If your child has vocal nodules, it is important for you to understand their cause and treatment. You and others in your child’s environment must play an important part in the healing process.
The larynx or “voice box” produces voice. It is situated at about the level of the Adam’s apple in the neck. The vocal cords (or vocal folds) are two small muscles, located within the larynx. During speech, vocal cords come together and use the air from the lungs to make them vibrate. These vibrations produce sound and the movements of the lips and tongue modify this sound to create the individual speech sounds.
Vocal nodules are callous-like bumps on the vocal cords. They can form on one or both of the cords. During normal speech, the vocal cords should press firmly together. However, if nodules are present the cords cannot close completely. Therefore, extra air escapes and the voice sounds hoarse and breathy. Causes of vocal nodules include by the misuse or abuse of the voice.
What causes vocal nodules?
Vocal abuse is the most common cause of vocal nodules in children. Vocal abuse includes:
- Excessive shouting, screaming, cheering or crying
- Strained vocalizations, such as the sound used to imitate motors or animal noises
- Excessive talking
- Reverse phonation which is talking during inhalation rather than exhalation
- Explosive release of vocalizations resulting in staccato-type of talking
- Abrupt hard vocal attacks
- Excessive coughing or throat clearing
Chronic upper respiratory infections, allergies and air pollution can also contribute to vocal nodules.
Nodules may range in size from the size of a pinhead to a split pea (one to three millimeters; keep in mind that the vocal cords are small.) At no time during the development of the nodules is there pain connected with this process. The only notable symptom of the presence of nodules is a breathy and hoarse quality to the voice.
Our ENT specialists can diagnose vocal nodules by performing flexible laryngoscopy in our clinic setting. During this procedure, a small camera passes through your child’s nose to view the vocal cords. CHOC specialists can then evaluate the vocal cord for nodules or other causes of hoarse voice.
What are the treatment options?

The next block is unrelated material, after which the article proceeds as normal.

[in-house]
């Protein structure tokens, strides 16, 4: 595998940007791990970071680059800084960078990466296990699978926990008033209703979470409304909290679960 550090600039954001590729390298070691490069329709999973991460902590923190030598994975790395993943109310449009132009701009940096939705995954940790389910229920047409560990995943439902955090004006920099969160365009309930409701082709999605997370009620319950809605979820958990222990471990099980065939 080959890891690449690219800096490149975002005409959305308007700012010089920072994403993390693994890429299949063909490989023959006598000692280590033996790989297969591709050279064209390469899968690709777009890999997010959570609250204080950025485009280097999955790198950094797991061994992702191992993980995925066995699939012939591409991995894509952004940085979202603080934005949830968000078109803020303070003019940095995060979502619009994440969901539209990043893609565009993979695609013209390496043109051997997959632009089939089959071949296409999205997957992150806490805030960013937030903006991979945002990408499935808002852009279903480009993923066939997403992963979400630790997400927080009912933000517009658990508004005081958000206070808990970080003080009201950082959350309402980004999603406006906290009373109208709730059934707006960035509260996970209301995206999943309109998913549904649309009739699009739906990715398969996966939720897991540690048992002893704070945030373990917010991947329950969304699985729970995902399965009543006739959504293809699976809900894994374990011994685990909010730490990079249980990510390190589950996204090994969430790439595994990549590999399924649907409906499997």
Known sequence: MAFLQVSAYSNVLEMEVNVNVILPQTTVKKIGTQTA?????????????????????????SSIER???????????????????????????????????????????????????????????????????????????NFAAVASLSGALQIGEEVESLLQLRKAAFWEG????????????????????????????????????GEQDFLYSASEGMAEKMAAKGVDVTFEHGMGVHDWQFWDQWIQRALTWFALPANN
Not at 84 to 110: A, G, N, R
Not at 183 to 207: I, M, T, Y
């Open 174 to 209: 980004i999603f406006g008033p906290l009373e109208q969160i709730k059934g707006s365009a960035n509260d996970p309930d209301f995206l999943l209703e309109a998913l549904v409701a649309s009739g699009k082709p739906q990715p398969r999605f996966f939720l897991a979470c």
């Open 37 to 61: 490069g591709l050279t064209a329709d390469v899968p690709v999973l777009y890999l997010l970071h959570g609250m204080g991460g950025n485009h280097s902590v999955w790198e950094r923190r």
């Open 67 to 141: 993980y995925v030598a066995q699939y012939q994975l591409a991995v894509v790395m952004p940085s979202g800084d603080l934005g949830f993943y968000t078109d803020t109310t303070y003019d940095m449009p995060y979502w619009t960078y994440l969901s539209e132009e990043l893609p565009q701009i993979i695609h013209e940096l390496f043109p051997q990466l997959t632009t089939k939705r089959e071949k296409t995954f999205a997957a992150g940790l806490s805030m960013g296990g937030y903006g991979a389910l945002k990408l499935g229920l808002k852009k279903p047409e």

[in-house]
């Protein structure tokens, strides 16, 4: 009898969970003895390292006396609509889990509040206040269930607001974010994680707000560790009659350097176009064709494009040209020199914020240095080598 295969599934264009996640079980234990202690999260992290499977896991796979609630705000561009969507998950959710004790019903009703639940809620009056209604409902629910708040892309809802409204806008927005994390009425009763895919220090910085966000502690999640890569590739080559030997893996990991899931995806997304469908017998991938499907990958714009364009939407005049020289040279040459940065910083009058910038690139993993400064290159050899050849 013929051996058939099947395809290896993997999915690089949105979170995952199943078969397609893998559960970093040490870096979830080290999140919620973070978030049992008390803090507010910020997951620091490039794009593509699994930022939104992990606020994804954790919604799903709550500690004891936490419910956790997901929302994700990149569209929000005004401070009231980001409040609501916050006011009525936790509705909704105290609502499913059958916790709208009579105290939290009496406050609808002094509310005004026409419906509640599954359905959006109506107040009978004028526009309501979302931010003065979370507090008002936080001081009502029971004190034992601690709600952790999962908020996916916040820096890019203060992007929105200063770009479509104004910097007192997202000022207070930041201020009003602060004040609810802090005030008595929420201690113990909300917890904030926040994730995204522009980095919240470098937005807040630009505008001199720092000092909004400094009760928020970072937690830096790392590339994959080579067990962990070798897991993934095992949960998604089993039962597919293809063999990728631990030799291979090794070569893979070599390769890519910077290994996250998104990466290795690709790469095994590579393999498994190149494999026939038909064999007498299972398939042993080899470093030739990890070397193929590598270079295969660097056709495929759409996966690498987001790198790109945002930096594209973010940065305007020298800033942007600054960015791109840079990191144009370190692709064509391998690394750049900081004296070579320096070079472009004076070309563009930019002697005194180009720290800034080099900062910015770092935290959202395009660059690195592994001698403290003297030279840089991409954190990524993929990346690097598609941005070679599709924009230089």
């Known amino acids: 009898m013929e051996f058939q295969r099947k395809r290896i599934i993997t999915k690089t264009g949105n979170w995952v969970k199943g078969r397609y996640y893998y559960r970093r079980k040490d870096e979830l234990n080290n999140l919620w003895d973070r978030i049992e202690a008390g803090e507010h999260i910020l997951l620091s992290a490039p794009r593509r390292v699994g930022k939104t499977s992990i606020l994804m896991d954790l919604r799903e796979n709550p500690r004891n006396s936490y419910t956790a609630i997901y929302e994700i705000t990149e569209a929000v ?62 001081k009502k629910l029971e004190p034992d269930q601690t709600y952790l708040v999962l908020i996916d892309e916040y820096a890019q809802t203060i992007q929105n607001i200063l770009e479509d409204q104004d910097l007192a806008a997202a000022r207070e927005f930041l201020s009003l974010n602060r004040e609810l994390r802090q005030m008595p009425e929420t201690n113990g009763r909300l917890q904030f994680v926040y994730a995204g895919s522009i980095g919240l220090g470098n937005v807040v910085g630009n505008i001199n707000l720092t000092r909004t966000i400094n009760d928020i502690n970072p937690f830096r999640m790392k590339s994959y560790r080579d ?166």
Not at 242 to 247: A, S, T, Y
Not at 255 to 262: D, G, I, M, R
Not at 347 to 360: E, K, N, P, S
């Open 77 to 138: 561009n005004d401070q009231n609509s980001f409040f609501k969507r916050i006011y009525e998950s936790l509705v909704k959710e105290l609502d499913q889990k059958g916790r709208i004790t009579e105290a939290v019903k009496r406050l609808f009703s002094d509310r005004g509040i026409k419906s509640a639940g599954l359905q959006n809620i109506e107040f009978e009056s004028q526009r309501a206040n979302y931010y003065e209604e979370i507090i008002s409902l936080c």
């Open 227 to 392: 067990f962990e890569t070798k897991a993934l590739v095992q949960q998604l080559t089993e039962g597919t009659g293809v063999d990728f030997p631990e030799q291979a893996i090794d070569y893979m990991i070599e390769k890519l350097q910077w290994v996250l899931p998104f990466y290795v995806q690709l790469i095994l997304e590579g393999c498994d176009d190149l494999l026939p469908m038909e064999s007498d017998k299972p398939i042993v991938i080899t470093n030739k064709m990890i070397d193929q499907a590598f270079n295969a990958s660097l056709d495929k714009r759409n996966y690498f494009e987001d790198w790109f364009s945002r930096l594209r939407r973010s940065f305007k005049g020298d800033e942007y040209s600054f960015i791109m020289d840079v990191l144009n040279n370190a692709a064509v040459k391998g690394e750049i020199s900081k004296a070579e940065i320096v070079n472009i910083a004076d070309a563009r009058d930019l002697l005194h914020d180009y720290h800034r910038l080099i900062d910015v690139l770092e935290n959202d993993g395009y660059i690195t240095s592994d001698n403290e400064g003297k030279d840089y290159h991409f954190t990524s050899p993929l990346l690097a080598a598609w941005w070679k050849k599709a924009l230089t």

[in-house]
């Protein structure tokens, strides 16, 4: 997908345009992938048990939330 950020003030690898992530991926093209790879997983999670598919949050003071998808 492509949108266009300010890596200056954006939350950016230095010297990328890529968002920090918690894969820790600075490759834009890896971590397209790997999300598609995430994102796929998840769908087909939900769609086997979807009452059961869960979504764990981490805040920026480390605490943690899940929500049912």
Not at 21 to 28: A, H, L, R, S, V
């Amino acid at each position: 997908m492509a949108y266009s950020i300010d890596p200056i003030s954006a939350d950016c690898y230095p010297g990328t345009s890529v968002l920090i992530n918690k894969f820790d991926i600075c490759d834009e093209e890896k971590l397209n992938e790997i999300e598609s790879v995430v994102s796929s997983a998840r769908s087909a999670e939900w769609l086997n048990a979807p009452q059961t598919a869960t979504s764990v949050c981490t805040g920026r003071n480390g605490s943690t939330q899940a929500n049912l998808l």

Treatment of vocal nodules usually includes voice therapy or a home program, regardless of whether the nodules are surgically removed. The purpose of therapy is to eliminate the causes of the nodules and to teach the child more efficient use of his or her voice. Unless we eliminate the causes, the vocal nodules will inevitably return, no matter how often they are surgically removed.
Successful management of the child with vocal nodules is dependent upon the involvement of the parents and people in the child’s environment in the remediation process. The first step is to identify the vocal abuse habits. Children be aware of these habits in order to eliminate them. It may be necessary to establish a new set of rules regarding the way in which the child uses his voice. These rules may include the following:
- No screaming, yelling or shouting.
- Your child must walk to where you can hear them rather than shout.
- They may use a whistle on the playground to get the attention of the other children rather than yell.
- The child must take turns talking.
- Motor sounds or animal sounds are not allowed.
- The child must use a moderate volume at all times. (Not too loud, but no whispering either.)
- Discourage throat clearing.
- Do not encourage loud singing.
- Don’t permit talking when the television, record player or radio is on. Talking should only be allowed in a quiet environment.
It is very important to enforce these rules consistently. That is, don’t allow any exceptions. However, you should positively reinforce the appropriate vocal behaviors and not nag about the child’s bad habits. It is also important that you set a good example for the child with your vocal habits. Don’t expect him to refrain from doing something that he hears you doing. It is also important that all family members follow the same rules. Don’t single out the child with the voice problem. Be consistent with all family members in terms of discipline.